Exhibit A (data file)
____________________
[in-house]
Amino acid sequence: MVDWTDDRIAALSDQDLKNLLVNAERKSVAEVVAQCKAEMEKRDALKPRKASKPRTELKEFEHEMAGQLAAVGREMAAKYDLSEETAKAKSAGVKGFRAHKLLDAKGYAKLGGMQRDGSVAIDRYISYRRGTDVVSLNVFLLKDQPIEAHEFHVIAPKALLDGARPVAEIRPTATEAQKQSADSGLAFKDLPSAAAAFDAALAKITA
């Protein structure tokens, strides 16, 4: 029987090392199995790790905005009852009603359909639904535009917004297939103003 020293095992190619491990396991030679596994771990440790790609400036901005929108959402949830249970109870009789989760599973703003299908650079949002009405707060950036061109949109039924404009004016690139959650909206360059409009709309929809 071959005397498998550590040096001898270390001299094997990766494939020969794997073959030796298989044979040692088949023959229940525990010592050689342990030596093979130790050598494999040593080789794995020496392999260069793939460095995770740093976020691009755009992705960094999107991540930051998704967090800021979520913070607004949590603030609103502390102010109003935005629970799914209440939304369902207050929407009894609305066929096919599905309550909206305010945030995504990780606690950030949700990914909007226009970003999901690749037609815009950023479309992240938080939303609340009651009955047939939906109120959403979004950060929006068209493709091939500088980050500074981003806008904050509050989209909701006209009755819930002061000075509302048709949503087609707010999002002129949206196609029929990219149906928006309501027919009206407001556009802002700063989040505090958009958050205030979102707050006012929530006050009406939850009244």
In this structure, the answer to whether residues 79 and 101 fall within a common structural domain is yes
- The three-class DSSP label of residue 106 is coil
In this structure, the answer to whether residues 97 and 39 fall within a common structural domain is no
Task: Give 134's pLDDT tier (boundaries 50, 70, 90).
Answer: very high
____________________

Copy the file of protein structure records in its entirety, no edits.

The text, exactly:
[in-house]
Amino acid sequence: MVDWTDDRIAALSDQDLKNLLVNAERKSVAEVVAQCKAEMEKRDALKPRKASKPRTELKEFEHEMAGQLAAVGREMAAKYDLSEETAKAKSAGVKGFRAHKLLDAKGYAKLGGMQRDGSVAIDRYISYRRGTDVVSLNVFLLKDQPIEAHEFHVIAPKALLDGARPVAEIRPTATEAQKQSADSGLAFKDLPSAAAAFDAALAKITA
């Protein structure tokens, strides 16, 4: 029987090392199995790790905005009852009603359909639904535009917004297939103003 020293095992190619491990396991030679596994771990440790790609400036901005929108959402949830249970109870009789989760599973703003299908650079949002009405707060950036061109949109039924404009004016690139959650909206360059409009709309929809 071959005397498998550590040096001898270390001299094997990766494939020969794997073959030796298989044979040692088949023959229940525990010592050689342990030596093979130790050598494999040593080789794995020496392999260069793939460095995770740093976020691009755009992705960094999107991540930051998704967090800021979520913070607004949590603030609103502390102010109003935005629970799914209440939304369902207050929407009894609305066929096919599905309550909206305010945030995504990780606690950030949700990914909007226009970003999901690749037609815009950023479309992240938080939303609340009651009955047939939906109120959403979004950060929006068209493709091939500088980050500074981003806008904050509050989209909701006209009755819930002061000075509302048709949503087609707010999002002129949206196609029929990219149906928006309501027919009206407001556009802002700063989040505090958009958050205030979102707050006012929530006050009406939850009244």
In this structure, the answer to whether residues 79 and 101 fall within a common structural domain is yes
- The three-class DSSP label of residue 106 is coil
In this structure, the answer to whether residues 97 and 39 fall within a common structural domain is no
Task: Give 134's pLDDT tier (boundaries 50, 70, 90).
Answer: very high